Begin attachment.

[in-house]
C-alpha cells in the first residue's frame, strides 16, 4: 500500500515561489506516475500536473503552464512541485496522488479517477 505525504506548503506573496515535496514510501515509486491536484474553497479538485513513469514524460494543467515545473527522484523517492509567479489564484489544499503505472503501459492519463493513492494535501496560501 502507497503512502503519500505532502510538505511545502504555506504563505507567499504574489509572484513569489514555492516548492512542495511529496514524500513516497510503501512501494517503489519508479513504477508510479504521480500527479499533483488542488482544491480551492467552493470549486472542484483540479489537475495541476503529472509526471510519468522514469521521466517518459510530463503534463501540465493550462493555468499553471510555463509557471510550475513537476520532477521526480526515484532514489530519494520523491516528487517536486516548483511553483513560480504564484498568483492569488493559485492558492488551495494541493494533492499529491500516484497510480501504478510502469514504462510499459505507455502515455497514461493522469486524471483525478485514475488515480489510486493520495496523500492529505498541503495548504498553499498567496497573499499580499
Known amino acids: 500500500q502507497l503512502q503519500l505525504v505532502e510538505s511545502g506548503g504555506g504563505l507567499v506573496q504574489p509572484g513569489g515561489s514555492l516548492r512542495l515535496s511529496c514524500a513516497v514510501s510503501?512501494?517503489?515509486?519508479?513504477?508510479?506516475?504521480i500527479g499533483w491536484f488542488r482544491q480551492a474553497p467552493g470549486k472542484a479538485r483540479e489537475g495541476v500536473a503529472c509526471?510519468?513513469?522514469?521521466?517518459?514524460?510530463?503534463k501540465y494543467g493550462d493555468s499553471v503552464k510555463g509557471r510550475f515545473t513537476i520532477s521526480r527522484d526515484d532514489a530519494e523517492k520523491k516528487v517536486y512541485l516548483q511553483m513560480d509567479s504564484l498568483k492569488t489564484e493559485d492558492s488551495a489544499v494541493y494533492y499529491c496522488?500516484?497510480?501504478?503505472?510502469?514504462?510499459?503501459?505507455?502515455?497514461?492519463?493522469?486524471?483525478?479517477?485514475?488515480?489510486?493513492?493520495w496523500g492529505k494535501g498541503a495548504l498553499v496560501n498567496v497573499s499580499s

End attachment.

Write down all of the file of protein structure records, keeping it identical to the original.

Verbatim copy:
[in-house]
C-alpha cells in the first residue's frame, strides 16, 4: 500500500515561489506516475500536473503552464512541485496522488479517477 505525504506548503506573496515535496514510501515509486491536484474553497479538485513513469514524460494543467515545473527522484523517492509567479489564484489544499503505472503501459492519463493513492494535501496560501 502507497503512502503519500505532502510538505511545502504555506504563505507567499504574489509572484513569489514555492516548492512542495511529496514524500513516497510503501512501494517503489519508479513504477508510479504521480500527479499533483488542488482544491480551492467552493470549486472542484483540479489537475495541476503529472509526471510519468522514469521521466517518459510530463503534463501540465493550462493555468499553471510555463509557471510550475513537476520532477521526480526515484532514489530519494520523491516528487517536486516548483511553483513560480504564484498568483492569488493559485492558492488551495494541493494533492499529491500516484497510480501504478510502469514504462510499459505507455502515455497514461493522469486524471483525478485514475488515480489510486493520495496523500492529505498541503495548504498553499498567496497573499499580499
Known amino acids: 500500500q502507497l503512502q503519500l505525504v505532502e510538505s511545502g506548503g504555506g504563505l507567499v506573496q504574489p509572484g513569489g515561489s514555492l516548492r512542495l515535496s511529496c514524500a513516497v514510501s510503501?512501494?517503489?515509486?519508479?513504477?508510479?506516475?504521480i500527479g499533483w491536484f488542488r482544491q480551492a474553497p467552493g470549486k472542484a479538485r483540479e489537475g495541476v500536473a503529472c509526471?510519468?513513469?522514469?521521466?517518459?514524460?510530463?503534463k501540465y494543467g493550462d493555468s499553471v503552464k510555463g509557471r510550475f515545473t513537476i520532477s521526480r527522484d526515484d532514489a530519494e523517492k520523491k516528487v517536486y512541485l516548483q511553483m513560480d509567479s504564484l498568483k492569488t489564484e493559485d492558492s488551495a489544499v494541493y494533492y499529491c496522488?500516484?497510480?501504478?503505472?510502469?514504462?510499459?503501459?505507455?502515455?497514461?492519463?493522469?486524471?483525478?479517477?485514475?488515480?489510486?493513492?493520495w496523500g492529505k494535501g498541503a495548504l498553499v496560501n498567496v497573499s499580499s